I felt special because I had been hand-picked to read a manuscript with a reader’s eye and to give feedback. I’ve edited ten bajillion school papers and some articles and too many technical documents but that was always for school, for friends and family, or for my job. This time, it was solely for my honest opinion. For once, my unhumble self was finally not in trouble for shooting off at the mouth and it was an amazing feeling. More important, however, is that I was inspired. I’ve always said I want to be a writer someday and that day started on my 40th birthday when I became serious. And then I ran into ten thousand and one stumbling blocks, many of my own creation (I can edit the hell out of a paragraph over and over and then forget to write the rest of the story) so to see an actual manuscript, one that would be sent over to an actual editor and would eventually be made into an actual book made me realize that I can probably do that, too. I recognized that manuscript as something that looked very similar to things I’ve written. It was not formal, it did not have secret codes that only REAL authors know, there were mistakes, it was a work in progress JUST LIKE MINE!
This experience left me with three things:
1) The knowledge that I can finish a book, regardless of whether or not it ever gets published. I know I can make it from the beginning to the end, now, because I know what that looks like. Such a strange little realization but one of such magnitude that it changed everything.
2) A sense of purpose. I don’t know how long it has been since I’ve felt I’ve done something that has made a difference. Thanks to Suzy (I call her that, now; we’re tight), I felt like I had helped someone with something very important and that I was good at it. I may not have been good at it at all but because Suzy was so supportive and encouraging and seemed to appreciate all my thoughts, I wound up feeling positive about what I’d done. It made me think that I would love to be an editor.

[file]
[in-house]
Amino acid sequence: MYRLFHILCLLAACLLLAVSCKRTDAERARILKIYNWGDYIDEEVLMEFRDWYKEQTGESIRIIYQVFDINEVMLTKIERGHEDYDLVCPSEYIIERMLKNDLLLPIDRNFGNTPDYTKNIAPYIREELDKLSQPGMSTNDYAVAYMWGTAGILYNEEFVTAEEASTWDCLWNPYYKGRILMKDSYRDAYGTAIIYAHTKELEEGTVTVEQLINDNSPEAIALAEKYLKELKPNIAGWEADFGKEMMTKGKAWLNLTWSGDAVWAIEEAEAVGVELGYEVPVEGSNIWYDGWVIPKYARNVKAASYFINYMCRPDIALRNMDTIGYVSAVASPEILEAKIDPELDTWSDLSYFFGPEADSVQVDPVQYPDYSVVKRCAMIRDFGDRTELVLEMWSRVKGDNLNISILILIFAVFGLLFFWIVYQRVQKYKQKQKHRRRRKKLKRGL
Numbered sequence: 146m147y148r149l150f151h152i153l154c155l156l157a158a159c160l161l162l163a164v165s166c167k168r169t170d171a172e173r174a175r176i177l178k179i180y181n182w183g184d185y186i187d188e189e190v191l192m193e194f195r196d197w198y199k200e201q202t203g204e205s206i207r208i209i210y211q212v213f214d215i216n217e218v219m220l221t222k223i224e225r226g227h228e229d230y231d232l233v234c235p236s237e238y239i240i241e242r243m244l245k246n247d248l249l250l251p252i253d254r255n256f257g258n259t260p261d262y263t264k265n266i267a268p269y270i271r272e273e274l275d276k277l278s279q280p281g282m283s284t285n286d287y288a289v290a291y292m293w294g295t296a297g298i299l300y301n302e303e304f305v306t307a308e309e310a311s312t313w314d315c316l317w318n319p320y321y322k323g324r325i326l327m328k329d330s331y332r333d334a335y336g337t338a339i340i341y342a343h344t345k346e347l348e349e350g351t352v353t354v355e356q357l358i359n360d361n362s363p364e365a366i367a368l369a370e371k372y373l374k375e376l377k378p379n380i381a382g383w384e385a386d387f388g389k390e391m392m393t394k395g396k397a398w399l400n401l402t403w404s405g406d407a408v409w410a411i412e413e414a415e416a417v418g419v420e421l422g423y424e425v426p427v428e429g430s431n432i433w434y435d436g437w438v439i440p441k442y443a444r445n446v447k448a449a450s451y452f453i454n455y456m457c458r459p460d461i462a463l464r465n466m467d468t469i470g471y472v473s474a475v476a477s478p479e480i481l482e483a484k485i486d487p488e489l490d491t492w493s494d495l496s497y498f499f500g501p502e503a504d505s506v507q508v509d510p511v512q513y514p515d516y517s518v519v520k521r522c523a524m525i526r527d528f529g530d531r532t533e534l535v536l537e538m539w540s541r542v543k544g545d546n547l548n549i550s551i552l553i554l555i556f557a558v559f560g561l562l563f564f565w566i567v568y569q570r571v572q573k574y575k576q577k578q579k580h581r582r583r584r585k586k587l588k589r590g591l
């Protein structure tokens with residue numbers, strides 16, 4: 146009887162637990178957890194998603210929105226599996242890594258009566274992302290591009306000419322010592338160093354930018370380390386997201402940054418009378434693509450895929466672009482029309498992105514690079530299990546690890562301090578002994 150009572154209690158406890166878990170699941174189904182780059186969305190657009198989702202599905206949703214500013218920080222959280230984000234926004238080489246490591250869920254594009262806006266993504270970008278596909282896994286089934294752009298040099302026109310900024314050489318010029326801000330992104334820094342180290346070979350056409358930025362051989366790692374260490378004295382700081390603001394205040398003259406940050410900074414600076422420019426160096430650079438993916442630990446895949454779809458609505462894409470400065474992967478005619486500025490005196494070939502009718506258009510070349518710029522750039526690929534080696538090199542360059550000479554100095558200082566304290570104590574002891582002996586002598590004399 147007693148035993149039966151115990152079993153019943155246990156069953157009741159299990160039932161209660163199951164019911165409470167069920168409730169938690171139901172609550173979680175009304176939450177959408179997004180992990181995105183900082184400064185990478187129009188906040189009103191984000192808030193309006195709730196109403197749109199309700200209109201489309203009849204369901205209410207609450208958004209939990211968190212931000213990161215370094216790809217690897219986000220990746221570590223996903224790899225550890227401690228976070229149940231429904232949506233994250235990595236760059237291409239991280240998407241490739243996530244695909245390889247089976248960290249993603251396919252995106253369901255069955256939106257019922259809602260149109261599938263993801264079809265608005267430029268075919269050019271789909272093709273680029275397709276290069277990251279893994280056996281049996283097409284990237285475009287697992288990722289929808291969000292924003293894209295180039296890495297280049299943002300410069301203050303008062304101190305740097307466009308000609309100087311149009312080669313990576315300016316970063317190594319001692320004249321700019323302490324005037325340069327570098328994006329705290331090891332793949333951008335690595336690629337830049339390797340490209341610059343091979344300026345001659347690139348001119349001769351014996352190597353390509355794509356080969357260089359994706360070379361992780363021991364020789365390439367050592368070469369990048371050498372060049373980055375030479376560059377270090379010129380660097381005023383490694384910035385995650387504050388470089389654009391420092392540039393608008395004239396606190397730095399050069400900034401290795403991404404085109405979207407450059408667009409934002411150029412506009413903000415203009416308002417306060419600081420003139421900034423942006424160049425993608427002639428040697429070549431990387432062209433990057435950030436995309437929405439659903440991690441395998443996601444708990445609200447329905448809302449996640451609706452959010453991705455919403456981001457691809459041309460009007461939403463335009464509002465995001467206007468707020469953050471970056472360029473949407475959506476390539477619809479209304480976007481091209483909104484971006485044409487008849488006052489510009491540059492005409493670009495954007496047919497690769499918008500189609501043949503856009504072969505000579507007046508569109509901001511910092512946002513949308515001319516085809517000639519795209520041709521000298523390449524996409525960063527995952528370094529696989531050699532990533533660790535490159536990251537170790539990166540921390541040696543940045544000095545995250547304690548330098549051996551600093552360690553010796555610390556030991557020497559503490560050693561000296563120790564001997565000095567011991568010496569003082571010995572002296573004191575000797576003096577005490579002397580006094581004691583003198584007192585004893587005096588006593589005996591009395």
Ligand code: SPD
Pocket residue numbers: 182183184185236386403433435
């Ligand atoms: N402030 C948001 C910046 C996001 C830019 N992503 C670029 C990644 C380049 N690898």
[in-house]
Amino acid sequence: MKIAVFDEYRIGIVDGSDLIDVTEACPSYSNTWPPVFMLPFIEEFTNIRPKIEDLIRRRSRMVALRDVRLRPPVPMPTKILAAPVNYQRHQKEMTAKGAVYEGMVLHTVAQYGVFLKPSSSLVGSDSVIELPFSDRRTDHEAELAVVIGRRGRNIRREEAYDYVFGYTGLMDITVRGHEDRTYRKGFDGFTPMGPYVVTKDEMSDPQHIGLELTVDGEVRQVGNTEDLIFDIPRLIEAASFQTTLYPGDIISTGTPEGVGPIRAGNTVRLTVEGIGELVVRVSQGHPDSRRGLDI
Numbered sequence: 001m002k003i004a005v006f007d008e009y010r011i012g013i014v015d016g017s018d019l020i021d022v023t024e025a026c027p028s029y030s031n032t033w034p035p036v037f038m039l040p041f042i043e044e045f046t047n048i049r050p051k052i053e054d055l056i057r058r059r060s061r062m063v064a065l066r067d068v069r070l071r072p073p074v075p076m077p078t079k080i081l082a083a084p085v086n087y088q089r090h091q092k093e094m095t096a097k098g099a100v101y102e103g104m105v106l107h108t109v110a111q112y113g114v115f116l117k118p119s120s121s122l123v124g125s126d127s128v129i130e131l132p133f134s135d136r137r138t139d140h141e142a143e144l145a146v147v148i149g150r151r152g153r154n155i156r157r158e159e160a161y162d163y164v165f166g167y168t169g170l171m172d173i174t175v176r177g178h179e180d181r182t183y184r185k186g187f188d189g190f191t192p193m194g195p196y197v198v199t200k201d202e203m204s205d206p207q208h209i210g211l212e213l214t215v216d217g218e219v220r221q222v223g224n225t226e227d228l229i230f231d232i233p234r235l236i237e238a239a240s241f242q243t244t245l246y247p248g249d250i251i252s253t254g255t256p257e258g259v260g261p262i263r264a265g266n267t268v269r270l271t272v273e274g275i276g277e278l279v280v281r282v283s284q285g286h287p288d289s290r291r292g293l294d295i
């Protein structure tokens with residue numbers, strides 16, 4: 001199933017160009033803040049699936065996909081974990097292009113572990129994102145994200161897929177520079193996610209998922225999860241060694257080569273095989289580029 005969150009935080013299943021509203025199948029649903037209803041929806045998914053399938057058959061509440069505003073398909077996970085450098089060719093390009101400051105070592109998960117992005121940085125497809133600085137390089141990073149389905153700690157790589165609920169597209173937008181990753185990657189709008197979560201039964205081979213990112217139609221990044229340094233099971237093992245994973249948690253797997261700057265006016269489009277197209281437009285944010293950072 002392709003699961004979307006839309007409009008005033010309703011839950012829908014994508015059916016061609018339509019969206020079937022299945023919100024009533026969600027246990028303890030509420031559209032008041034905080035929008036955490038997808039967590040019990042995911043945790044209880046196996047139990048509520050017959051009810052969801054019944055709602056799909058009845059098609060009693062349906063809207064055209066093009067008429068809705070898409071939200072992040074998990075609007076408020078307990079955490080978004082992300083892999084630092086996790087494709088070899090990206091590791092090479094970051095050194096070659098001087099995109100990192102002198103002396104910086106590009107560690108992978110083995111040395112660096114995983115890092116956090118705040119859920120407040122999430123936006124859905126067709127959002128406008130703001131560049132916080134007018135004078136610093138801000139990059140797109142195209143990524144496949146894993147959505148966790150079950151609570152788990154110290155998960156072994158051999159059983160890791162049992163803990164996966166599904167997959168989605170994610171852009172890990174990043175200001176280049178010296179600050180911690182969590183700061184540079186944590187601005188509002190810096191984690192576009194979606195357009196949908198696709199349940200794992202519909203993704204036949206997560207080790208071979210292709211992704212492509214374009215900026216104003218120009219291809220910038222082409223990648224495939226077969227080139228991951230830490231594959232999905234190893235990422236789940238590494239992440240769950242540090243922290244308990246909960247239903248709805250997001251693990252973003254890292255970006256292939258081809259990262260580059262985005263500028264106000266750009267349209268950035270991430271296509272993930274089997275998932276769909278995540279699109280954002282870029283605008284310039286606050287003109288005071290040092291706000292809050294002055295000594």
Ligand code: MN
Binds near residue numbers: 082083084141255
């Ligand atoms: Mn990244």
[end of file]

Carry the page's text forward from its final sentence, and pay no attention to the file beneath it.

3) Someone to look up to. I don’t know if Suzy’s just a brilliant strategist, though, honestly, it’s probably more true she’s a naturally magnetic personality, but she has made one loyal fan via a simple gesture and a truckload of trust (because giving your baby to a stranger is crazy). She has unknowingly inspired me, knowingly encouraged me, and has made me feel like I belong in her world, the world she writes about, like she’s writing me stories about people we know and now I will always buy her books, always push her books, and even if she writes something that disappoints me, I will not stop supporting her. I think I’ve just become a fangirl. Well, a fanoldlady, at least.
Her work is being compared to Alice Hoffman’s or Sarah Addison Allen’s; I find it closer to the latter but am even more reminded of Adriana Trigiani’s Big Stone Gap series only with more magic. If you like any of those authors, go pick up The Witch of Little Italy. Seriously, do that. Because it’s important to get prepped for her next book (not the one coming out in May that she co-authored, but the NEXT one) because, dude! I helped with that one! Oh, I’m going to faint again. Excuse me.
Authors are amazing people. In my line of work, I’ve been able to meet several and beyond my line of work, I’ve met even more. Some have been nasty creatures, most have been lovely, but a few stand out and shine. Suzanne Palmieri is on the top of my Shiny Pile. Also? I’m going to continue to be honest about things because that was one sweet reward.
April 30, 2013: This just in! A book trailer for The Witch of Little Italy!